Would Rachel Lindsay Consider the Bachelor Hosting Gig? 'I Don't Want to Be Muzzled,' She SaysFebruary 25, 2021
As this season of The Bachelor soldiers on amid a cloud of controversy, questions remain about the future of the franchise — and its host.
Since Chris Harrison announced earlier this month that he would be "stepping aside" from the show for an undetermined "period of time," viewers have wondered who might replace him as host of the live After the Final Rose special, the official conclusion to Matt James' season, and potentially beyond, should he not return at all.
In PEOPLE's exclusive sneak peek at Wednesday's episode of Black Girls Texting on the LadyGang Network on PodcastOne, former Bachelorette Rachel Lindsay — whose public criticism of Harrison prompted his recent step back — weighed in on whether she would consider the hosting gig if offered the position.
"Honestly, I can't even go there. Because one, Chris has only said that he's stepping aside, and that's all that I know, that he's not doing the finale," she said. "It's hard for me to even think about being the host, because in a lot of ways, Bachelor Nation has changed my life in the best way possible. But at the same time, it's really toxic. … And I don't know if I want to subject myself to that."
Lindsay, 35, also said she didn't want to feed into the "wild" notion that she was out to get Harrison's job all along.
"I don't know if I want to play into the whole line of thinking that people think I did this to get Chris Harrison's job. It's so wild," she said. "Yeah, I went to go have an interview with a person to recap last night's episode and I thought, 'You know what? Today's the day I'm going to try to take your job.' How would I even think like that? But that's the kind of stuff that people say about me. So for me, I really don't know — I don't know if that's something that's for me."
"Honestly, I could see them not having [a host] at all," she continued. "Should Chris decide to say, 'I don't want to do this at all,' or, 'I'm going to leave, my time is up,' I could see them not [replacing him]. I mean, pre-quarantine, he was barely in the show, anyway. I think that they could narration, bring in a past contestant. But for me, I don't know. And because it's so 50/50 on how people feel about me, I don't even really think they would offer it."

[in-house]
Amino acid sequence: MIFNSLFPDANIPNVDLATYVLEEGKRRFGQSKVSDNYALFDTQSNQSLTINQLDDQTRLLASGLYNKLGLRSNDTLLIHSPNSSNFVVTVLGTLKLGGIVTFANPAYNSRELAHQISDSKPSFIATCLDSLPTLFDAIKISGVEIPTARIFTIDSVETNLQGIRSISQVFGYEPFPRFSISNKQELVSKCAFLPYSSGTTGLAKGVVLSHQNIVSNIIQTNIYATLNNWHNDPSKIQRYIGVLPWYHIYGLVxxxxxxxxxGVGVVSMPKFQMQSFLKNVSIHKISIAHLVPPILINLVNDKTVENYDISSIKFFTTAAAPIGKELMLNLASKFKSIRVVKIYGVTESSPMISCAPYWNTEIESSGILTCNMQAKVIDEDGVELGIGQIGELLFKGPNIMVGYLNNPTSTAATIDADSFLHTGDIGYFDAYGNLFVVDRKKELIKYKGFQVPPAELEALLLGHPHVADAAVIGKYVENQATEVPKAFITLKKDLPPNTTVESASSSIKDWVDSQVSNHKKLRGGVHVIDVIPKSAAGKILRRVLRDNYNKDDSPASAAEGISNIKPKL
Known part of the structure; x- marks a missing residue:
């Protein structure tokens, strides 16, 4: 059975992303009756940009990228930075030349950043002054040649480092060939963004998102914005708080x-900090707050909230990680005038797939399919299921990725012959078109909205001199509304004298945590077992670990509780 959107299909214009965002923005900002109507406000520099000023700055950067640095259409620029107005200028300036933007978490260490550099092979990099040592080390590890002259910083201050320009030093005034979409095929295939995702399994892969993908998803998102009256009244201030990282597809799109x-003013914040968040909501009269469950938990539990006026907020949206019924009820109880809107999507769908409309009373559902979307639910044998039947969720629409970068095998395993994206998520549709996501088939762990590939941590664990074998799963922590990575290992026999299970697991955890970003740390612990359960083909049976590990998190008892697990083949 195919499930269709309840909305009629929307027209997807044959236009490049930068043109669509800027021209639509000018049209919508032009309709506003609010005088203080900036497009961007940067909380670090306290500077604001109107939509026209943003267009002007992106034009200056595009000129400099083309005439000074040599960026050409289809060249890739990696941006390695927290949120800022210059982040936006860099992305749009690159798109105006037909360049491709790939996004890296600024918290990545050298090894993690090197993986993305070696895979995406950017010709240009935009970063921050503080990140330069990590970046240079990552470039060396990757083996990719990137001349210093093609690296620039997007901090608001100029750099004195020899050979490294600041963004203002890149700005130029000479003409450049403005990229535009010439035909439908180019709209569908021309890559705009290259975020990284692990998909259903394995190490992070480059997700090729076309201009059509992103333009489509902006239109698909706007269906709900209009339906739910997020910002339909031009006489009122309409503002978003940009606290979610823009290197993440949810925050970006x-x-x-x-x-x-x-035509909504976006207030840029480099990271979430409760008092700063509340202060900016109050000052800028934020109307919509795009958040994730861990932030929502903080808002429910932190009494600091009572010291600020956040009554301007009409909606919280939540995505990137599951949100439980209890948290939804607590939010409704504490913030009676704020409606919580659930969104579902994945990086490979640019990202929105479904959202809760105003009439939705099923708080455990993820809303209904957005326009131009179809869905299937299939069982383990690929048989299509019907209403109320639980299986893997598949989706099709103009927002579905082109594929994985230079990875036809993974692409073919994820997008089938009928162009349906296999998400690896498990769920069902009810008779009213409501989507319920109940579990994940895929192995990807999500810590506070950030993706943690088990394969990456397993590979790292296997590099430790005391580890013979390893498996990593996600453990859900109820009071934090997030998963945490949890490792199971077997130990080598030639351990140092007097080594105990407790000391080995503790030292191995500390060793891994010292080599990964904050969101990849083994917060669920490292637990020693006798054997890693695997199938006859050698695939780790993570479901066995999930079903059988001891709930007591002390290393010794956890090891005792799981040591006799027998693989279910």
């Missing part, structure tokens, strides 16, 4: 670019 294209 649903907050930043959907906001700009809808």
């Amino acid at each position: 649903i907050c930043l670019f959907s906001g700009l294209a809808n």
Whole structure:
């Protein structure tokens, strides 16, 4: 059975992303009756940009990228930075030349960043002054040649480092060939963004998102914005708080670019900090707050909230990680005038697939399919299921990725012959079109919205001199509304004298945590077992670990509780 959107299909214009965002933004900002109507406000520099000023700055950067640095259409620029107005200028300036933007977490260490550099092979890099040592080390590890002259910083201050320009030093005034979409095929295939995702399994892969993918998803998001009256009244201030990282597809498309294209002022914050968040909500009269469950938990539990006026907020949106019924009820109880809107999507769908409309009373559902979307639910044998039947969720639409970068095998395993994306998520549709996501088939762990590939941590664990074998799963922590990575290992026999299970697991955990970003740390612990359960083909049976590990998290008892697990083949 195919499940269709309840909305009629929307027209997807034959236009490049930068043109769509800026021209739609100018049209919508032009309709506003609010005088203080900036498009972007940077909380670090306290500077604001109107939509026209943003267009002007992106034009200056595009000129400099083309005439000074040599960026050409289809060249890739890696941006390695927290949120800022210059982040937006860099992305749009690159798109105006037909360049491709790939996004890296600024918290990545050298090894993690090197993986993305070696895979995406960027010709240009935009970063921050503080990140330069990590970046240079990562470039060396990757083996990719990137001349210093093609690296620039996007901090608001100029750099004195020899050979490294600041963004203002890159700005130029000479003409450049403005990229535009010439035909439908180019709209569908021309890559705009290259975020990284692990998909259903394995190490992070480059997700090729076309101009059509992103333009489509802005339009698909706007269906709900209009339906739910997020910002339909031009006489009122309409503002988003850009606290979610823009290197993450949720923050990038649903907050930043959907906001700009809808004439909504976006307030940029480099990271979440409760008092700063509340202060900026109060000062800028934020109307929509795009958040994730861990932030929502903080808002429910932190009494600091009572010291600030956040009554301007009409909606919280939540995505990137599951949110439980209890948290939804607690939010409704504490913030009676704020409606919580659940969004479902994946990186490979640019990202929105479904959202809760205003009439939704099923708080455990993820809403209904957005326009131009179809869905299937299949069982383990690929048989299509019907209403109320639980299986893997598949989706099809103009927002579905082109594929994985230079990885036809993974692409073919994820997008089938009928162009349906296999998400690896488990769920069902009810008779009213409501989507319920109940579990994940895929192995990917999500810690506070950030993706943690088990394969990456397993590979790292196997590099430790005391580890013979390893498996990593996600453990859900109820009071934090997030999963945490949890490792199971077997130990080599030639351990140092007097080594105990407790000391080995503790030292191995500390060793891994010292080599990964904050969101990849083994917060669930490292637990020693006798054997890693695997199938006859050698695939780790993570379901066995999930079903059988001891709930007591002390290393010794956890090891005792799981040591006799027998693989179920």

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But most importantly, Lindsay, who became the franchise's first Black lead on The Bachelorette in 2017, said she doesn't "want to be muzzled."
"Could I talk like this [if I was the host]? I don't want to be muzzled. That freedom to say how I feel and to demand change and speak out, I couldn't do that the same way if I was the host," she said. "But on the flip side, if I was, then I'd be a person in power who could say, 'Hey, we need to do this.' That's what I keep preaching more than anything. More than having a host replacement, you've got to have somebody in power who is a person of color who gets it, who understands it. Because as we're seeing time and time again, even with the lead [of color], you're still not getting it, because we're seeing things happen that shouldn't."
The recent controversy arose when Rachael Kirkconnell, a 24-year-old frontrunner on James' season of The Bachelor, was called out for old social media posts which saw her dressed in Native American attire in costume and attending an antebellum plantation-themed college party in 2018. She has since apologized.
Harrison, 49, addressed the situation during an interview with Lindsay on Extra. During their 14-minute, unedited conversation, he said people should have "a little grace, a little understanding, a little compassion" in the wake of the resurfaced photos and questioned the "lens" of 2021 compared to 2018.
Following an outcry online, he issued a statement apologizing for "wrongly speaking in a manner that perpetuates racism." But days later, Lindsay called Harrison into question for his remarks and said she plans on leaving the franchise once her contract is up.
"It wasn't until the backlash came the next day, it wasn't until people start talking, people start demanding and calling for different things, that he then apologized to me and then apologized publicly," she said on her Higher Learning podcast.
"During that whole conversation, he had the audacity to question me," she continued. "During that conversation, he talked over me and at me. During that conversation, his privilege was on display. He never gave me room to talk, and he never gave me room to share my perspective. He wasn't trying to hear it, he was just trying to be heard."
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